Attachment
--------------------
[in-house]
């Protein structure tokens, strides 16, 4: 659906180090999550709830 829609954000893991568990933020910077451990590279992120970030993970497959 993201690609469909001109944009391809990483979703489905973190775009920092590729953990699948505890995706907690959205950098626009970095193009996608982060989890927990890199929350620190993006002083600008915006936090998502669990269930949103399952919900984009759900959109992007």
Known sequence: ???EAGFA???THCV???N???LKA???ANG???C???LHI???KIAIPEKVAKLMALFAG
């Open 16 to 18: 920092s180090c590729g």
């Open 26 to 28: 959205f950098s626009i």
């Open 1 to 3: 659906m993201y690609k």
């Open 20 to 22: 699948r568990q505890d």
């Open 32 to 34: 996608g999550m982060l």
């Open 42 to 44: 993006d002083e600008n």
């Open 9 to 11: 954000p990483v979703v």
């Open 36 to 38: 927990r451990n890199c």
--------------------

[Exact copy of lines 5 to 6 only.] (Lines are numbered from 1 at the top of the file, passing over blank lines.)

């Open 26 to 28: 959205f950098s626009i």
């Open 1 to 3: 659906m993201y690609k």